So or such

There were .......... few people around, the streets were almost deserted.

 

a) too   b) enough   c) so   d) such

 

I think (d)  is the right answer because the space is followed by ( adjective + noun ). But, I often hear " so few " and " too few ". In case my guess was right, can you tell me why (a) and (c) aren't suitable? Thanks.

 

P.S. I took this question from an outside book called " the best ".

 

Original Post

Yama,

Thank you for citing your source and for taking the time to explain how you arrived at the answer you chose.

The correct answer is actually (c).  The same rule applies as in your other recent So or such thread, which is that "such" modifies a noun phrase, but "so" modifies an adjective or adverb.

So, why not (a)?  The construct "so [+ adjective]" often wants to be followed by a "that ... " clause expressing result.  Here, the word "that" is understood:

c': There were so few people around [that] the streets were almost deserted.

but in the example from the earlier thread ("It's so hot outside that I can't go shopping."), it's written out.

In contrast, "too" does not invite such a clause.  If we choose (a) instead of (c), we get a comma-splice error (two independent clauses joined by a comma; also known as a run-on sentence):

Wrong: a': *There were too few people around, the streets were almost deserted.
Right: a'': There were too few people around.  The streets were almost deserted.
Right: a''': There were too few people around; the streets were almost deserted.

Also, "too few" implies that there is a minimum requirement that has been violated.  I would prefer "very" instead of "too" in (a'') and (a''').

DocV

I agree with DocV that "so" is the correct answer:

  • There were so few people around, the streets were almost deserted.

I have a small doubt, DocV. Would you say that comma is correct? I would have said:

  • There were so few people around the streets were almost deserted.

I think (d)  is the right answer because the space is followed by ( adjective + noun )

That's an interesting point, Yama. It is true that adjectives are usually preceded by "such" in that kind of constructions, for example:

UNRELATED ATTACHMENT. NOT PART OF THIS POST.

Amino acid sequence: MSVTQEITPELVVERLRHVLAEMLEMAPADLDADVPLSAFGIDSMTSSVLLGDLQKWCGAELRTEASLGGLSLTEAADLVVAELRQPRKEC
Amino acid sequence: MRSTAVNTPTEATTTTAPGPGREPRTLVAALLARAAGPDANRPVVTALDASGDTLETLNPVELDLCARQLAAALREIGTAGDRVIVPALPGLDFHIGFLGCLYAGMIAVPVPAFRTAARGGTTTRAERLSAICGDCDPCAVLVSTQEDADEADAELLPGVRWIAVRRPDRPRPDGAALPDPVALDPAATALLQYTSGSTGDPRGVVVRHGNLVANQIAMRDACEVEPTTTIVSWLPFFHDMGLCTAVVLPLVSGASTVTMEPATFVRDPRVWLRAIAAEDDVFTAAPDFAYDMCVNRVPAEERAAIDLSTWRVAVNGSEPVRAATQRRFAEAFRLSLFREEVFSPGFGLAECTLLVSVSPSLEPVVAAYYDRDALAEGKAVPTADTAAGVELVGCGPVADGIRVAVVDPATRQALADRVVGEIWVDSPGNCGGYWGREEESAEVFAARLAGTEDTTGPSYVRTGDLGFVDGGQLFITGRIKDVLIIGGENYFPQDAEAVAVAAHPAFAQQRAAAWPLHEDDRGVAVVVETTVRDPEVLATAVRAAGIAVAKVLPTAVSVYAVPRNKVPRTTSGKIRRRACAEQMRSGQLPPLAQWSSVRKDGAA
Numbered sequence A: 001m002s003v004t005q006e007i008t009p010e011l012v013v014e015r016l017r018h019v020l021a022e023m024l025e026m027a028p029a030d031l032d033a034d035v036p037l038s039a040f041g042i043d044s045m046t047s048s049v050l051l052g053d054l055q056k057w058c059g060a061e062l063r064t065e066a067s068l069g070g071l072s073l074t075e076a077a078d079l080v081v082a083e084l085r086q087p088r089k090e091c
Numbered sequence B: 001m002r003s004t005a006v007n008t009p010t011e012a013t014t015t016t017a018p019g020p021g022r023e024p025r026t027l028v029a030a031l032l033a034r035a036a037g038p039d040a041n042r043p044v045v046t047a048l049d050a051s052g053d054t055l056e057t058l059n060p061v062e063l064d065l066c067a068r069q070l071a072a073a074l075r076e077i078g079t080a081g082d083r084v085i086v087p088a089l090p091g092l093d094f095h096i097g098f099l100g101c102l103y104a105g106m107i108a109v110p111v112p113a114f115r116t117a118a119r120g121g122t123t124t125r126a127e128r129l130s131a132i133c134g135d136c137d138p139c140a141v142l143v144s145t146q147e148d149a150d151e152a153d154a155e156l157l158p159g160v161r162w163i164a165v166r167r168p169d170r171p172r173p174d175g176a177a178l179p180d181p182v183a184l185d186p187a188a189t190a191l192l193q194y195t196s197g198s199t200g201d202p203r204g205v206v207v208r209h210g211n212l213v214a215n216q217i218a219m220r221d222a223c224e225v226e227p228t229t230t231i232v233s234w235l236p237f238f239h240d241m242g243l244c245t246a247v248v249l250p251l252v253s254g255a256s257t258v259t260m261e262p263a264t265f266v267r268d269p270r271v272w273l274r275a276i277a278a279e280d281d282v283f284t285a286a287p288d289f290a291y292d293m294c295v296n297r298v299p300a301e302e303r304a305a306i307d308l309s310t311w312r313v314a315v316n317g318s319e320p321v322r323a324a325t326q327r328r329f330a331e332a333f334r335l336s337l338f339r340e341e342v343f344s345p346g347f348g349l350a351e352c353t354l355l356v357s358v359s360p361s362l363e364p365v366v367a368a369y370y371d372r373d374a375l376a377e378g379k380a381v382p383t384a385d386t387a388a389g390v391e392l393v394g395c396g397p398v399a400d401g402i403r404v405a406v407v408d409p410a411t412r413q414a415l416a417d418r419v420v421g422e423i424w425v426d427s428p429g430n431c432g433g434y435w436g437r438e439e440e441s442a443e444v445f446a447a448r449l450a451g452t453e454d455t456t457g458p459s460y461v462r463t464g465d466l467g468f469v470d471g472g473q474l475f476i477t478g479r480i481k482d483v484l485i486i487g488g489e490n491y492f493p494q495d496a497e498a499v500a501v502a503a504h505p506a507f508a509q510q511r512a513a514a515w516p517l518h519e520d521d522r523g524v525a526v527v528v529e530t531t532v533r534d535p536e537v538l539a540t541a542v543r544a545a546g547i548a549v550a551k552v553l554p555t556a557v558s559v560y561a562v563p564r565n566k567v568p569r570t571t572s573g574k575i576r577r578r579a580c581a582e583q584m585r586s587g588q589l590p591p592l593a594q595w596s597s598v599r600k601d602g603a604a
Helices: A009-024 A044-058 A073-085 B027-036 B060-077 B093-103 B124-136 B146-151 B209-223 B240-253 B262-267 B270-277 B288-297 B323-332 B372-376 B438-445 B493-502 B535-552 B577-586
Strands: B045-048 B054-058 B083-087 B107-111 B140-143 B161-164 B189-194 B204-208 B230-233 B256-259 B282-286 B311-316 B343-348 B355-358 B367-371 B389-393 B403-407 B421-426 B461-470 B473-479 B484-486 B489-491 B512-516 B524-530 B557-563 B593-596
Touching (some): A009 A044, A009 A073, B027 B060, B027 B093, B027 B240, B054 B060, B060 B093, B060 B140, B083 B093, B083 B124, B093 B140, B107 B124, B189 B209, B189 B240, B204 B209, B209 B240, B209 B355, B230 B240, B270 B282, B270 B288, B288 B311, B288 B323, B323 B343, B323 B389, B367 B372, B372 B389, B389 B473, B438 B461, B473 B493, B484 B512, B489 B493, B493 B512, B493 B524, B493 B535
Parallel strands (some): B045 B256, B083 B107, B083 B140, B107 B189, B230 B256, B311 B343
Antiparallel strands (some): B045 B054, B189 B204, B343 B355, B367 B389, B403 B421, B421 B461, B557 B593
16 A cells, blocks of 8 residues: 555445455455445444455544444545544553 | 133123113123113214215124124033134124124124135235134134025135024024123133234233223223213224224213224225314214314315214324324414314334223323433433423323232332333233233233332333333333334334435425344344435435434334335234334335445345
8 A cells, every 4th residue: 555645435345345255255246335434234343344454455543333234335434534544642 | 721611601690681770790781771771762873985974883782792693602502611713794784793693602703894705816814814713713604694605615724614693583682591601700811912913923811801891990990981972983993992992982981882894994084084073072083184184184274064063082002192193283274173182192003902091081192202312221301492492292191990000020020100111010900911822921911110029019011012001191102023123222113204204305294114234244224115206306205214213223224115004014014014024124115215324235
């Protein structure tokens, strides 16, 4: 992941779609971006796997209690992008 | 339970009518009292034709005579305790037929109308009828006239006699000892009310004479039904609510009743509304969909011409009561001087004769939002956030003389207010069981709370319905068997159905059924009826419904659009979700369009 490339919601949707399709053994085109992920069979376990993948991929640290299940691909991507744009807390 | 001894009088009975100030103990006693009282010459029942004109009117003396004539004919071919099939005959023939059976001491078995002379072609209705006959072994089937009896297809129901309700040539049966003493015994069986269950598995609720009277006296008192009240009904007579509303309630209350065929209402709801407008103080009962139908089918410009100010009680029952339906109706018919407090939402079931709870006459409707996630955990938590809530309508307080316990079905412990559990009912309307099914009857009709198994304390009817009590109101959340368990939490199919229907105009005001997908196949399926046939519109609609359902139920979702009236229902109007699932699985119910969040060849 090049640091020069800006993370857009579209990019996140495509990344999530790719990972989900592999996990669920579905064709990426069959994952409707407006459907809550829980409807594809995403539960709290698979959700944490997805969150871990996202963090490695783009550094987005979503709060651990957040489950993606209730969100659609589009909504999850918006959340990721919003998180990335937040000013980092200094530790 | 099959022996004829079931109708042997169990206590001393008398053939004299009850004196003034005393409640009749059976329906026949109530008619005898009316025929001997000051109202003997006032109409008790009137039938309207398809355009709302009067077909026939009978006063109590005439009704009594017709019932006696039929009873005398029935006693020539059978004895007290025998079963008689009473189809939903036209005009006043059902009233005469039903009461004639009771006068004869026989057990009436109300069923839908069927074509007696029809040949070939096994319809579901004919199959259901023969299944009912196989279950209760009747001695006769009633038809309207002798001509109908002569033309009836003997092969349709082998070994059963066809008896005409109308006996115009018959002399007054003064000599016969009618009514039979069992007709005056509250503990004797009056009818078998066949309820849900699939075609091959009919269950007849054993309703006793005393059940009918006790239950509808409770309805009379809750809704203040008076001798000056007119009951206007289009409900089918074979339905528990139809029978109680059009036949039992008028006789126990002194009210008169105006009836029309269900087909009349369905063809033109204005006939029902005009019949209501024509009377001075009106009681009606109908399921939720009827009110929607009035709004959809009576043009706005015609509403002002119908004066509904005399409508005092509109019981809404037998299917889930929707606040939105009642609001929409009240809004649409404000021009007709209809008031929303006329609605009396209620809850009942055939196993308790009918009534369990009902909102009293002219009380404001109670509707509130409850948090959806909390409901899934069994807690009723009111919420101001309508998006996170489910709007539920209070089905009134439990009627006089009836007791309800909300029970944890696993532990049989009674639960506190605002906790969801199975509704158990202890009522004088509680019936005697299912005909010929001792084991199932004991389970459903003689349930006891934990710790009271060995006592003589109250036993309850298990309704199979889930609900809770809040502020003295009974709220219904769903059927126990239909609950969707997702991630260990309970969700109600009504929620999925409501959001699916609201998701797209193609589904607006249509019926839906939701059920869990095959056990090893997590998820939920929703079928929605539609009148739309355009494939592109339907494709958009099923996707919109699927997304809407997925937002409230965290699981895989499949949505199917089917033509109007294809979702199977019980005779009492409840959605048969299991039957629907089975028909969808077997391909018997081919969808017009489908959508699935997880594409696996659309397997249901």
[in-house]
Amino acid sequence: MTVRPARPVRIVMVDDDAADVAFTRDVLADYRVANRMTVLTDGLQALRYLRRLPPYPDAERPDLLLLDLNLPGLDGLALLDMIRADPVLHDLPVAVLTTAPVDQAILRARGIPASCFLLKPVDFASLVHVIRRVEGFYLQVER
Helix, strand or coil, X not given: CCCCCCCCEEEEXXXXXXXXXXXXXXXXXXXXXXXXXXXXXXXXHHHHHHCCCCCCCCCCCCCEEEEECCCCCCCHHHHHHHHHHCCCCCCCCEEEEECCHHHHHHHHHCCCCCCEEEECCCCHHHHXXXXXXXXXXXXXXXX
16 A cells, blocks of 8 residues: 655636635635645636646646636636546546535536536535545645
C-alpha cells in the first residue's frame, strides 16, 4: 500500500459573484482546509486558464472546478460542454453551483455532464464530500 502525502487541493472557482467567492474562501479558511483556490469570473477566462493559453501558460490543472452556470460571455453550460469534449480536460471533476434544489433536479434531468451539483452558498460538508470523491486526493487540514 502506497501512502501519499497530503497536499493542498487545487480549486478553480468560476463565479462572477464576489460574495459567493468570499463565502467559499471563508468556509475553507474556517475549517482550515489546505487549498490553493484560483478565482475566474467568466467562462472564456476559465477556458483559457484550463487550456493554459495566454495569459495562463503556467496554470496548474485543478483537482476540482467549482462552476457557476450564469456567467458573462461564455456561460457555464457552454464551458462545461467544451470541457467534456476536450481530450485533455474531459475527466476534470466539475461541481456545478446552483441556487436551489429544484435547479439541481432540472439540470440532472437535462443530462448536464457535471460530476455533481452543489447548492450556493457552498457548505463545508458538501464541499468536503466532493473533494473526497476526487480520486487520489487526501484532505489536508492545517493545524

• There were such beautiful girls around he couldn't avoid gazing at them.

Now, why does "few" take "so" and not "such"? Because it is not an adjective, but a determiner that indicates quantity, like little, many, much.

We can thus say:

  • There were so many people around I could hardly move.
  • There was so much noise around I could hardly hear a word.
  • There was so little fresh air inside the room I could hardly breathe.

Gustavo,

Thank you for your input here.  With regard to the comma, my sense is that it is optional when "that" is omitted, but should definitely be left out when "that" is included.

In A Comprehensive Grammar of the English Language, Quirk et al appear to support this opinion by their examples (see §15.74), but they don't state it as a rule.

DocV

Thank you both. 

 

Gustavo said " 

That's an interesting point, Yama. It is true that adjectives are usually preceded by "such" in that kind of constructions, for example:

  • There were such beautiful girls around he couldn't avoid gazing at them.

Now, why does "few" take "so" and not "such"? Because it is not an adjective, but a determiner that indicates quantity, like little, many, much."

 

According to what I know, "such"  doesn't need to be followed by an adjective. It can be followed by a (noun) as in this sentence:

 

* She had such beauty that everyone was attracted to her.

 

If this is true, why can't we use such? I mean, it's followed by " people ". 

 

 

Yama posted:
According to what I know, "such"  doesn't need to be followed by an adjective. It can be followed by a (noun) as in this sentence:

* She had such beauty that everyone was attracted to her.

Hi, Yama: That sentence works because beauty is a noun relating to an adjective: beautiful. The sentence means: "She was so beautiful that everyone was attracted to her." (I'd use that construction instead.) So, you could make up similar sentence pairs with courage/courageous, loyalty/loyal, fear/afraid, etc. I believe I am in agreement with everything DocV and Gustavo have said above. Such does not work at all in your sentence.

Yama,

A Comprehensive Grammar of the English Language by Quirk et al, in §15.74, says:

The adverb so premodifies an adjective or adverb, whereas the predeterminer such precedes a noun phrase.  The adjective premodified by so may itself premodify the head of a noun phrase.

One of the examples they give is:

So few people came to the meeting that it was adjourned.

What is happening here is that "few" modifies "people", but "so" modifies only "few", not the entire noun phrase "few people".  By way of contrast, in Gustavo's example:

There were such beautiful girls around he couldn't avoid gazing at them.

"such" modifies the entire noun phrase "beautiful girls".

DocV

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